2. To believe the Rolling Stone article means that you must believe the following: that seven 19 year-old boys at UVA were capable of gang raping an 18-year-old classmate while she’s lying naked on shards of broken class. The presumption behind the larger campus sexual assault movement is that America’s young men are capable of gang raping their classmates. This is why such a story “rings true” to Julia Horowitz, the media, and the whole feminist-academic establishment. It means assuming that these young men, and thousands more, are EVIL. Many young men in college may be stupid, but are we now really saying that they’re evil, that most of them are capable of gang raping their classmates?

  3. I don’t know what’s worse, journalism students who don’t believe in reporting and fact-checking, or law students like Zerlina Maxwell who don’t believe in presumption of innocence.

  4. I’d go even further than K.C. Johnson on this. To wit:

    “The lesson sent to students by the leader of one of the nation’s finest universities: It’s OK to accept as true a story presented by a single source, take significant action based on what this single source said, AND THEN STEADFASTLY REFUSE TO ACCEPT (OR EVEN ACKNOWLEDGE) A MOUNTAIN OF EVIDENCE THAT YOUR SINGLE SOURCE WAS LYING. CONTINUE MAKING WATERTIGHT / EVIDENCE-PROOF DENIALS, NO MATTER HOW ABSURD YOUR POSITION BECOMES.”

    I hope that accused student sues UVA and literally BANKRUPTS them. The colleges are clearly running scared of the OCR and taking the “path of least resistance.”

    It’s time for the forces of truth and due process to add some “resistance” to the other side of the scale. If I was on the jury for a civil suit against UVA, I would literally award the accused student 100 billion dollars in punitive damages.

    Not a penny less.

  5. Sullivan refused to apologize for implying that some of her own university’s students were an “evil” that lurked on her campus.

    Maybe she meant the campus hysterics.

    Question: Did Richard Brodhead ever consider canceling the woman’s basketball season because of the Duke hoax? What’s the difference?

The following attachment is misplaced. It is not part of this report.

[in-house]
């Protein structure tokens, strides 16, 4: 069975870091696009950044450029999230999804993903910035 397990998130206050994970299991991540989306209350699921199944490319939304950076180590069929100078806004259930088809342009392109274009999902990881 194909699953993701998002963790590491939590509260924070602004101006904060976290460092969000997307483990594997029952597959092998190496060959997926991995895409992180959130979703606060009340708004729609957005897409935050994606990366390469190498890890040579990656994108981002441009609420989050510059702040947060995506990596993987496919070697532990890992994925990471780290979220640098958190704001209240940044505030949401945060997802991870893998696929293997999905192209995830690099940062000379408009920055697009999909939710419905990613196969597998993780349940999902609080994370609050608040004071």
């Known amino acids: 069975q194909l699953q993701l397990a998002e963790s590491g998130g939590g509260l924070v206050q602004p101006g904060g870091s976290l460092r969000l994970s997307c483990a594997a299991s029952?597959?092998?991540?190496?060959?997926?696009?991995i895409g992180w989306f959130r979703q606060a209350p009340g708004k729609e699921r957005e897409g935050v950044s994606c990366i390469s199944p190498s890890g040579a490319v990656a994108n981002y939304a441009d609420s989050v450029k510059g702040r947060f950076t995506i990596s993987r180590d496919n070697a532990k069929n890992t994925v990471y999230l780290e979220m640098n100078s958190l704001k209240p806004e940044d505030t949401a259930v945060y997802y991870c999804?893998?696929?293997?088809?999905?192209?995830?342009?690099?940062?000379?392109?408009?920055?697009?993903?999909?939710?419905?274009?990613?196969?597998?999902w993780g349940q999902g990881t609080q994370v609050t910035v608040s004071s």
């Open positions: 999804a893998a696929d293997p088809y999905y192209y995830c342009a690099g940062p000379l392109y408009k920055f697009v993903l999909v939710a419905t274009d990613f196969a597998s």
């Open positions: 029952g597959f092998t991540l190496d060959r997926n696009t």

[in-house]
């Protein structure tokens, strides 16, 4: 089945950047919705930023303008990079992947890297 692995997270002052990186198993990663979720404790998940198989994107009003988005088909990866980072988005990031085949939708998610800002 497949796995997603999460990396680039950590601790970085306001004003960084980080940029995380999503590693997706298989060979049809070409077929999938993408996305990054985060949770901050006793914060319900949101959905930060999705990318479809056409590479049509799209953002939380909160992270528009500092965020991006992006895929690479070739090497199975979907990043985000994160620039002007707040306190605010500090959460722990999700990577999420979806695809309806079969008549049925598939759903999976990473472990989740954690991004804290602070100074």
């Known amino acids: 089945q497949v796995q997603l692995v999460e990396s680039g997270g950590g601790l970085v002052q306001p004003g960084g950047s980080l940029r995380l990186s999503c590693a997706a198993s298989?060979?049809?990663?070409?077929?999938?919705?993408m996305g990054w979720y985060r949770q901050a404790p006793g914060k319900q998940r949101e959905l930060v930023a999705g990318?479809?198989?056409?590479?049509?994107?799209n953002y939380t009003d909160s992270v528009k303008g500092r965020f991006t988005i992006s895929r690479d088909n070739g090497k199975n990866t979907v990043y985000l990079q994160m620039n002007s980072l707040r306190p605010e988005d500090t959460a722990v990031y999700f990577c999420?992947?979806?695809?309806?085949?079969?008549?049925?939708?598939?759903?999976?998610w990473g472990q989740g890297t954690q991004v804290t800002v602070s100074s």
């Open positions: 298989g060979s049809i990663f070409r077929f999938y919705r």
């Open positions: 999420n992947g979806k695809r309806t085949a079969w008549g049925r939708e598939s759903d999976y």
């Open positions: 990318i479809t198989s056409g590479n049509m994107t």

6. The student editor perfectly exhibits the end point of 60 years of Leftist domination of academia–truth does not exist, there are many “truths,” the entire point of activity is to form a narrative which advances the multiculti, feminist party line.

  7. Stay tuned as there may be more on the way. …the 2015 Sundance Film Festival has announced the premiere of this documentary:

    “The Hunting Ground” (Director: Kirby Dick) — From the makers of “The Invisible War” comes a startling expose of rape crimes on U.S. campuses, their institutional cover-ups, and brutal social toll. Weaving together verite footage and first-person testimonies, the film follows survivors as they pursue their education and justice — despite harsh retaliation, harassment, and pushback.

    Source: http://variety.com/2014/film/news/sundance-film-festival-announces-2015-premieres-lineup-1201373535/

  8. I don’t know if Sullivan naively believes the story, or if there is something much darker regarding her involvement. What did Sullivan know and when did she know it?

  9. As a new graduate student at UVA in the early 1970’s, I was astounded to learn of and observe the inner workings of the hallmark of the university, the Honor System. It was taken seriously by students and faculty alike and fostered an academic experience like no other. Clearly, the foundation of honesty is truth. What in the world has transpired at my beloved university in the intervening 38 years? Answer: it has become just another collection of narratives and of the monolithic thinking that nourishes them. Volumes upon volumes of the alumni magazine have extolled the virtues of multiculturalism and how the university has toiled at achieving such amongst faculty and student body alike – it is good and that is the narrative. But the truth is, without taking the diverse hues of distinct cultures and weaving them into an elegant, rich tapestry, we are left with a collection of frayed ends, often at odds with one another and the antithesis of unity. But never mind – there is the narrative. And now, a collectivist thinking has Mr. Jefferson’s university plowing into a new narrative, the campus rape epidemic and the purveyors of this plague – the fraternity system. The truth is … oh well, forget the truth and forget honor, we have our narrative. It’s a shame, really.

  10. Is it possible that Sullivan is just trying to run out the clock until winter break? The activist community is not likely to support any conciliatory moves by the President to the Greek community, so might as well let everyone go home for Christmas and then quietly either lift the suspension or just let it run its course and expire.

  11. As you state, UVA’s intellectual and moral leadership is in free-fall. Where are Sullivan’s peers? We hear only the sound of crickets. They’ve taken legal advice. They are not leaders but caretakers, herding customers through the park, protecting the endowment. Why jeopardize their Federal funding or be found worthy of investigation by DoJ? Why invite a “spontaneous demonstration” by the brownshirts of campus activism?

    Not with a bang, but a whimper.